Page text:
And this is what I told Sandra (MadSnappper) who replied to my mail that it's no use bellowing at a dog because they don't know why you are shouting. I once read that when we humans do this, dogs think we are barking at them! Anyway, Sandra was very kind and reminded me that it was normal to feel frustrated with the situation because I'm doing everything myself now. Also by feeling that I was neglecting Skabenga, I over - compensated by feeding him tidbits. Apart from causing him to become overweight, like with a human child, heaping treats on the dog, does nothing to improve the behavior.
Sandra sent me several links on dog-training here,
and the one thing that jumped out at me was that animals respond incredibly well to commands followed by a reward.
That night I took Skabenga's bone out onto the veranda where he was leaping up and down, barking furiously. I held the bone behind my back and told him quietly but firmly to "Sit". This he did immediately because he knows he's going to get a treat. But then I went down onto my one knee, looked him in the eye, and said " D O W N" making a downward movement with my free hand. He took step forward. I repeated the word: Down and moved my hand down again. The third time, you could see a light bulb flashing above his head. He slowly sank onto his tummy with his fore-paws stretched out in front of him.
I rose to my feet which caused the dog to jump up and take another step forward. So I started all over again with the action and command. I had to repeat this three times until Skabenga thought it worth his while to obey (and he might just get that bone from this daft woman!) I placed the bone about 2 ft from his toes. He started to get up but as I raised my finger and said DOWN, he sank down again.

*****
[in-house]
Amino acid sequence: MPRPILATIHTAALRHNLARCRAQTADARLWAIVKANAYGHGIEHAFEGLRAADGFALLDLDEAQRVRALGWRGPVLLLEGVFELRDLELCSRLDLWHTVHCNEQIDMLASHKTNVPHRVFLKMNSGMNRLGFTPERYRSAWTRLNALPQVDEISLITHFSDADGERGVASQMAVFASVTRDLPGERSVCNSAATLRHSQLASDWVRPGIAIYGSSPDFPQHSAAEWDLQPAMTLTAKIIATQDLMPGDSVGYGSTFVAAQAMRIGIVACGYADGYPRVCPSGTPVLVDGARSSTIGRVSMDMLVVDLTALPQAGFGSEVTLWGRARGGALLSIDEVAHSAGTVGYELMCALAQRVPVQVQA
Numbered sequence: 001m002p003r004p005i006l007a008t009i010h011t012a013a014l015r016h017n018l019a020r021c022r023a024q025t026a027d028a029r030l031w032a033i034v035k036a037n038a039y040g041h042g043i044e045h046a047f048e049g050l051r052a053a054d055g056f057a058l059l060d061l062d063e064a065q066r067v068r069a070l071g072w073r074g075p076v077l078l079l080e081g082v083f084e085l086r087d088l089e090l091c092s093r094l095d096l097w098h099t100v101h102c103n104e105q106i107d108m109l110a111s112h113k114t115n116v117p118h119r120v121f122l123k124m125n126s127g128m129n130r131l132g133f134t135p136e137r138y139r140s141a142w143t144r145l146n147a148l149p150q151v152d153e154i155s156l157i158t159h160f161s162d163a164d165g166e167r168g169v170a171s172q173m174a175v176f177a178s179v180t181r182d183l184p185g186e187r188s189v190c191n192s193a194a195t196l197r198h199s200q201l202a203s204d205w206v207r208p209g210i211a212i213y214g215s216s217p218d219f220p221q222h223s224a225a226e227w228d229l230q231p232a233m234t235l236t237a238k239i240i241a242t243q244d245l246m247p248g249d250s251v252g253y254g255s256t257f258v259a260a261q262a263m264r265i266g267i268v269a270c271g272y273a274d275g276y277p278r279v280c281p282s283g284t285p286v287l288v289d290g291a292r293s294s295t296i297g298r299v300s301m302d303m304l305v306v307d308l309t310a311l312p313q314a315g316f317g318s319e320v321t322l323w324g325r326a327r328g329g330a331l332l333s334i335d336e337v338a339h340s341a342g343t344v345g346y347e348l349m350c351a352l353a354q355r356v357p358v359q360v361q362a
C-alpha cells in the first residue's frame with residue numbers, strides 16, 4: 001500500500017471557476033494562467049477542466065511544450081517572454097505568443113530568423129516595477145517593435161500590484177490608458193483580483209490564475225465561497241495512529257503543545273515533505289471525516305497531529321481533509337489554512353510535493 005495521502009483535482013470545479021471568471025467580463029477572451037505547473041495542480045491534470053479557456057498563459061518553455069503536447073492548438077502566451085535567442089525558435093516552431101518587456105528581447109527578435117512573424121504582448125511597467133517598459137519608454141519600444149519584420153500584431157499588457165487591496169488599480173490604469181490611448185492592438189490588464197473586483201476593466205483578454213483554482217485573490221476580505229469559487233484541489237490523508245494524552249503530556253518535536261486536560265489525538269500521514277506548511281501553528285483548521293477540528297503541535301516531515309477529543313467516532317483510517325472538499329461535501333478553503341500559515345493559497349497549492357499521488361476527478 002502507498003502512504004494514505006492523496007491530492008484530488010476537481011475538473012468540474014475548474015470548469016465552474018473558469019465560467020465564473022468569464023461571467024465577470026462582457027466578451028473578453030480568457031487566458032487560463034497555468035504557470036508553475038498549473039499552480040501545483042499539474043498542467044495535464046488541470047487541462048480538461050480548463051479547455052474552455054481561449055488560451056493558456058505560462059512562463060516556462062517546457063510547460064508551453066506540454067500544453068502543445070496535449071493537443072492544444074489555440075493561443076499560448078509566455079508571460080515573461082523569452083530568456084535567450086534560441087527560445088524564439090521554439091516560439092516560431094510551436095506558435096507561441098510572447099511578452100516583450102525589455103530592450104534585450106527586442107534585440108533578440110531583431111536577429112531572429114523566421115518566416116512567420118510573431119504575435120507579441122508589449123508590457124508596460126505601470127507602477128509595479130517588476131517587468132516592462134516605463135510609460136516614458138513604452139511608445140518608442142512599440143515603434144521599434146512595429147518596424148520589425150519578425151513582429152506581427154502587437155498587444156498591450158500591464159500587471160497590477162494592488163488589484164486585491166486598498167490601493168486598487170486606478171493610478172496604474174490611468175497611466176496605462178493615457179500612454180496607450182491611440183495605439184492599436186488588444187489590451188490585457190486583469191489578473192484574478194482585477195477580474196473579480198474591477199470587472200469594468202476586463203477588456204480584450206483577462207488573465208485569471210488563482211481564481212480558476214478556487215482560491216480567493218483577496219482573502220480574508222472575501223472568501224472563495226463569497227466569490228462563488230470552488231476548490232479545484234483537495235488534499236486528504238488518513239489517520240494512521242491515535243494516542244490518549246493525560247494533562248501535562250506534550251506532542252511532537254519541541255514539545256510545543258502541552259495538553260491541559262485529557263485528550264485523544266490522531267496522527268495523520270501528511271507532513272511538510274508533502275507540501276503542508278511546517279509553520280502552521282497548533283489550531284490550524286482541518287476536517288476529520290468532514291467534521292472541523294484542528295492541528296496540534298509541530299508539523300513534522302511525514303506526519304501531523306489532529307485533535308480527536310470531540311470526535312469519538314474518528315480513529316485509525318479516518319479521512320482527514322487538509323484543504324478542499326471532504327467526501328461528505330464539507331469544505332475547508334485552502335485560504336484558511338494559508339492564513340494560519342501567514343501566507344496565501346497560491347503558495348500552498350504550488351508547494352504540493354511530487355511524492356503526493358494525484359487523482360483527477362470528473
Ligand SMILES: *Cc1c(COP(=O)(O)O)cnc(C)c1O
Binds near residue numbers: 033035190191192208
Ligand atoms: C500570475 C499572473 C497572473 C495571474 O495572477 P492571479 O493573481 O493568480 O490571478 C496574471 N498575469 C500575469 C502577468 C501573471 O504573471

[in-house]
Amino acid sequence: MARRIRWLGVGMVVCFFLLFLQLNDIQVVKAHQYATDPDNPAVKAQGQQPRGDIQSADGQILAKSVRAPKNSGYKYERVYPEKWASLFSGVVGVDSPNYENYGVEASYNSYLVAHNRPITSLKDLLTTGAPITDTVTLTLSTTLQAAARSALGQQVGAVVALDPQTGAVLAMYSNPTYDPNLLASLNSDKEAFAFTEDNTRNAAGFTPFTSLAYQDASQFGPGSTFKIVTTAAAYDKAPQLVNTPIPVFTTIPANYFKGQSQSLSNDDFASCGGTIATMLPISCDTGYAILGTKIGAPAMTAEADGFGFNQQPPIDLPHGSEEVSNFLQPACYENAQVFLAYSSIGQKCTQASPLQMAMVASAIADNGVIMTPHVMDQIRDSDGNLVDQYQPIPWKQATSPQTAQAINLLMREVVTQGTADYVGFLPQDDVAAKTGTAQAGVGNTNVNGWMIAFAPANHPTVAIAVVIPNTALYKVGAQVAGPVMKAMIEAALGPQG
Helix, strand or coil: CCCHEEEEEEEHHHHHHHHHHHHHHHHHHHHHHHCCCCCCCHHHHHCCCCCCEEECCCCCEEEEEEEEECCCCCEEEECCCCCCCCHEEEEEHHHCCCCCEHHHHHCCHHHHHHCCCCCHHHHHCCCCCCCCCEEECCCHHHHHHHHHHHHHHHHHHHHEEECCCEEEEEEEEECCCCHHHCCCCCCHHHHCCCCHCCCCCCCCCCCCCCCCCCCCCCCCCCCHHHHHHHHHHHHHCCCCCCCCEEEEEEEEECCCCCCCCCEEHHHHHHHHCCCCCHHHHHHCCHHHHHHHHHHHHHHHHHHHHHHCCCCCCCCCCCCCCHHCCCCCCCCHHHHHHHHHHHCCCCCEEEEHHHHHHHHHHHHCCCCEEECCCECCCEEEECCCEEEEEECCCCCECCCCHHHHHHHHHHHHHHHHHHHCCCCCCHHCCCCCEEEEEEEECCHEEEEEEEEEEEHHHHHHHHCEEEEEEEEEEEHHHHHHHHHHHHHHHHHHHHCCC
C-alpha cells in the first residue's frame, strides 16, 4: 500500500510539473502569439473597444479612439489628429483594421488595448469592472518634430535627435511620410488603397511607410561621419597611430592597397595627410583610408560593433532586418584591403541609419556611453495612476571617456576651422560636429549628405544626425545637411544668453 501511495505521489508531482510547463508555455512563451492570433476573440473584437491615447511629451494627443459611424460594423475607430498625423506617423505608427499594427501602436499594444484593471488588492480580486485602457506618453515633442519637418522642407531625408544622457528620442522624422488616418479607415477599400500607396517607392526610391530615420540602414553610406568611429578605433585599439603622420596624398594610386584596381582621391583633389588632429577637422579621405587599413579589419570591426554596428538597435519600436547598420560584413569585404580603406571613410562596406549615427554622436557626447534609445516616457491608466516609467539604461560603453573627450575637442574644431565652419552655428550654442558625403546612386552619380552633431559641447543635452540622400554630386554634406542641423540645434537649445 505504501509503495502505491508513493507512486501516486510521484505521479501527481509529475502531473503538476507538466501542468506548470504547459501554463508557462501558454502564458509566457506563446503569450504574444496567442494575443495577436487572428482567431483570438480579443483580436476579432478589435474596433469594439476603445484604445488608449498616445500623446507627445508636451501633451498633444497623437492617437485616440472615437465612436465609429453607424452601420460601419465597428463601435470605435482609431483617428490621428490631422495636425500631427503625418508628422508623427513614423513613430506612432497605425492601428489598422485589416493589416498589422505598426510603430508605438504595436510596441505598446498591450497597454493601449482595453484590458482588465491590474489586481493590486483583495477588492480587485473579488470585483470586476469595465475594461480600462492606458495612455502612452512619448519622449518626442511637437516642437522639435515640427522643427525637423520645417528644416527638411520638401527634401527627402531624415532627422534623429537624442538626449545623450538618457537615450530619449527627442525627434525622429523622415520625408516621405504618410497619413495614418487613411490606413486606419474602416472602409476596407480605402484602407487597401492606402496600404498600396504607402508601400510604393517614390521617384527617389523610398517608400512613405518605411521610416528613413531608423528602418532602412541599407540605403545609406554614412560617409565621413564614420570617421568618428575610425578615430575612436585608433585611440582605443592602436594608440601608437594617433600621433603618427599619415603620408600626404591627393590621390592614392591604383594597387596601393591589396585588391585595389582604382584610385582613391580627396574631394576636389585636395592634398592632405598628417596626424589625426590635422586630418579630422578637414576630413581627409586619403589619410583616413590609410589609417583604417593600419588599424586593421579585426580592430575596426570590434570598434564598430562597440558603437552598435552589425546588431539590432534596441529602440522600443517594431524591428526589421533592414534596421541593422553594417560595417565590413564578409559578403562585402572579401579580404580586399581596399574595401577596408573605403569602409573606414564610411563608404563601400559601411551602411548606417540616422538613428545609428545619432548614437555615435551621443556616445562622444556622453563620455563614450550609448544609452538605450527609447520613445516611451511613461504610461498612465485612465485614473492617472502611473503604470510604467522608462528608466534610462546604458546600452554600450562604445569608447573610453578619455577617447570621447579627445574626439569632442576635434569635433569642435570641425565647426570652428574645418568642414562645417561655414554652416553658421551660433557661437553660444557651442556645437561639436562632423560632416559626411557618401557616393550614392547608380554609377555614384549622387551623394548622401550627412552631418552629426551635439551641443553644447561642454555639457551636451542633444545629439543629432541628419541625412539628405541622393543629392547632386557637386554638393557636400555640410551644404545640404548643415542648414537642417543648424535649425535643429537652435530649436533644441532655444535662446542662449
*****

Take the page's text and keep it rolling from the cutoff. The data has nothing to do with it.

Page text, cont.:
Finally, I lifted the bone, stood nearer to him and commanded him to "Sit" again. He did and I held the bone above his nose and told him to take it gently.
Which he did.
And then he walked around and around the garden watching me from the corner of his eye in case I tried any more tricks!
I need to get away from this mama who may start all over again teaching me tricks!
I didn't only use this discipline that once to take photos and post about it. I constantly reinforce it and the other commands with my sweet dog, Skabenga every time we interact.
When I arrive home now, I open the gate before I even take my stuff out of the car. I tell him to "Sit" and while I stroke his head, I tell him he's a good boy and how glad I am to see him. Then he dashes off towards my car and runs around sniffing at things in the yard while I unpack. He's still boisterous at times, but just one word of command and he calms down significantly.
I hope most of you have arrived at this part of the post. I thought it important to write about my recent experiences and also the success of following **Sandra's** advice and what I learned from Cesar's (Dog whisperer) link. I hope this encourages other dog owners who, like me, might have had a change in their circumstances and which has adversely affected their relationship with their pets.
I'm linking to Our World Tuesday here
HAPPY TUESDAY TO YOU ALL!
** Thank you, dear Sandra, for your hints, the links and encouragement. Skabenga sends a wagging tail to you, too